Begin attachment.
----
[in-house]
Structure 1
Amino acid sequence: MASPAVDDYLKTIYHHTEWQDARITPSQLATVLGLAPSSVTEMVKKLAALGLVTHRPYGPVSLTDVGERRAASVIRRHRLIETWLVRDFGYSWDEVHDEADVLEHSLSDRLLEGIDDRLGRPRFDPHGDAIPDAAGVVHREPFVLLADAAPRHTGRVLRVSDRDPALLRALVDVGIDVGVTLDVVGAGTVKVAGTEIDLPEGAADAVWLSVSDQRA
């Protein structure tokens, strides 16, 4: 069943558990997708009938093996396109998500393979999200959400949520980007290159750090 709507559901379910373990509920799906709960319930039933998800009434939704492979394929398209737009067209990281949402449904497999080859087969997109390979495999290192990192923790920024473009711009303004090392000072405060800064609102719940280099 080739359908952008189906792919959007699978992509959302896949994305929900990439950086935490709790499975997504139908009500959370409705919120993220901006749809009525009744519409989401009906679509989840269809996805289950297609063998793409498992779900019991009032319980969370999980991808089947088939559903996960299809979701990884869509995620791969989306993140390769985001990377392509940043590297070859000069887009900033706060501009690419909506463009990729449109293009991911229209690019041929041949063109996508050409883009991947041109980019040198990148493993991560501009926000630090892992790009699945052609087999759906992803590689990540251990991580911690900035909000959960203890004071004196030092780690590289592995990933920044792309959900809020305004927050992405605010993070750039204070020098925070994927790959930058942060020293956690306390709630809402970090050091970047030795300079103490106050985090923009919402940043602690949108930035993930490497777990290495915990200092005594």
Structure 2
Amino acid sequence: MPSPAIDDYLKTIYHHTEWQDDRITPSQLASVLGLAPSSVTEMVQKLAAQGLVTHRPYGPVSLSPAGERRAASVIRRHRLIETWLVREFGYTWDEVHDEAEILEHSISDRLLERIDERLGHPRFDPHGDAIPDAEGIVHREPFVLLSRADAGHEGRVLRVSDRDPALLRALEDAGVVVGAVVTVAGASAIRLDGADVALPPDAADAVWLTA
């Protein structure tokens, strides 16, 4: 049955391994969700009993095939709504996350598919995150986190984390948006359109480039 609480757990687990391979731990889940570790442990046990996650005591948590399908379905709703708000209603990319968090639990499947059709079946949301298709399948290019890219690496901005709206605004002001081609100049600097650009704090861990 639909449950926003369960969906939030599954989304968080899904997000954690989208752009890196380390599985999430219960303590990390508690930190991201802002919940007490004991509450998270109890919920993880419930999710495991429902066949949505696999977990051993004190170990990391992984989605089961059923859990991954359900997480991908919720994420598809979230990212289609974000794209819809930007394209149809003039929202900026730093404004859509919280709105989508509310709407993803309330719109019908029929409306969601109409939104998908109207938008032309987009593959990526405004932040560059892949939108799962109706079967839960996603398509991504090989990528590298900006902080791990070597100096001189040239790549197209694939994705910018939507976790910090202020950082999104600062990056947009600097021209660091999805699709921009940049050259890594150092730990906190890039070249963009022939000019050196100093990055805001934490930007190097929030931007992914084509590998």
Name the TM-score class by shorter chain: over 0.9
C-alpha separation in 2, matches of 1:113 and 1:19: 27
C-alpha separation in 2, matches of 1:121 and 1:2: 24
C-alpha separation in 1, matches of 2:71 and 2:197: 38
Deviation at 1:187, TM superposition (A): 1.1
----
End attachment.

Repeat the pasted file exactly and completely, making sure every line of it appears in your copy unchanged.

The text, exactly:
[in-house]
Structure 1
Amino acid sequence: MASPAVDDYLKTIYHHTEWQDARITPSQLATVLGLAPSSVTEMVKKLAALGLVTHRPYGPVSLTDVGERRAASVIRRHRLIETWLVRDFGYSWDEVHDEADVLEHSLSDRLLEGIDDRLGRPRFDPHGDAIPDAAGVVHREPFVLLADAAPRHTGRVLRVSDRDPALLRALVDVGIDVGVTLDVVGAGTVKVAGTEIDLPEGAADAVWLSVSDQRA
């Protein structure tokens, strides 16, 4: 069943558990997708009938093996396109998500393979999200959400949520980007290159750090 709507559901379910373990509920799906709960319930039933998800009434939704492979394929398209737009067209990281949402449904497999080859087969997109390979495999290192990192923790920024473009711009303004090392000072405060800064609102719940280099 080739359908952008189906792919959007699978992509959302896949994305929900990439950086935490709790499975997504139908009500959370409705919120993220901006749809009525009744519409989401009906679509989840269809996805289950297609063998793409498992779900019991009032319980969370999980991808089947088939559903996960299809979701990884869509995620791969989306993140390769985001990377392509940043590297070859000069887009900033706060501009690419909506463009990729449109293009991911229209690019041929041949063109996508050409883009991947041109980019040198990148493993991560501009926000630090892992790009699945052609087999759906992803590689990540251990991580911690900035909000959960203890004071004196030092780690590289592995990933920044792309959900809020305004927050992405605010993070750039204070020098925070994927790959930058942060020293956690306390709630809402970090050091970047030795300079103490106050985090923009919402940043602690949108930035993930490497777990290495915990200092005594």
Structure 2
Amino acid sequence: MPSPAIDDYLKTIYHHTEWQDDRITPSQLASVLGLAPSSVTEMVQKLAAQGLVTHRPYGPVSLSPAGERRAASVIRRHRLIETWLVREFGYTWDEVHDEAEILEHSISDRLLERIDERLGHPRFDPHGDAIPDAEGIVHREPFVLLSRADAGHEGRVLRVSDRDPALLRALEDAGVVVGAVVTVAGASAIRLDGADVALPPDAADAVWLTA
């Protein structure tokens, strides 16, 4: 049955391994969700009993095939709504996350598919995150986190984390948006359109480039 609480757990687990391979731990889940570790442990046990996650005591948590399908379905709703708000209603990319968090639990499947059709079946949301298709399948290019890219690496901005709206605004002001081609100049600097650009704090861990 639909449950926003369960969906939030599954989304968080899904997000954690989208752009890196380390599985999430219960303590990390508690930190991201802002919940007490004991509450998270109890919920993880419930999710495991429902066949949505696999977990051993004190170990990391992984989605089961059923859990991954359900997480991908919720994420598809979230990212289609974000794209819809930007394209149809003039929202900026730093404004859509919280709105989508509310709407993803309330719109019908029929409306969601109409939104998908109207938008032309987009593959990526405004932040560059892949939108799962109706079967839960996603398509991504090989990528590298900006902080791990070597100096001189040239790549197209694939994705910018939507976790910090202020950082999104600062990056947009600097021209660091999805699709921009940049050259890594150092730990906190890039070249963009022939000019050196100093990055805001934490930007190097929030931007992914084509590998």
Name the TM-score class by shorter chain: over 0.9
C-alpha separation in 2, matches of 1:113 and 1:19: 27
C-alpha separation in 2, matches of 1:121 and 1:2: 24
C-alpha separation in 1, matches of 2:71 and 2:197: 38
Deviation at 1:187, TM superposition (A): 1.1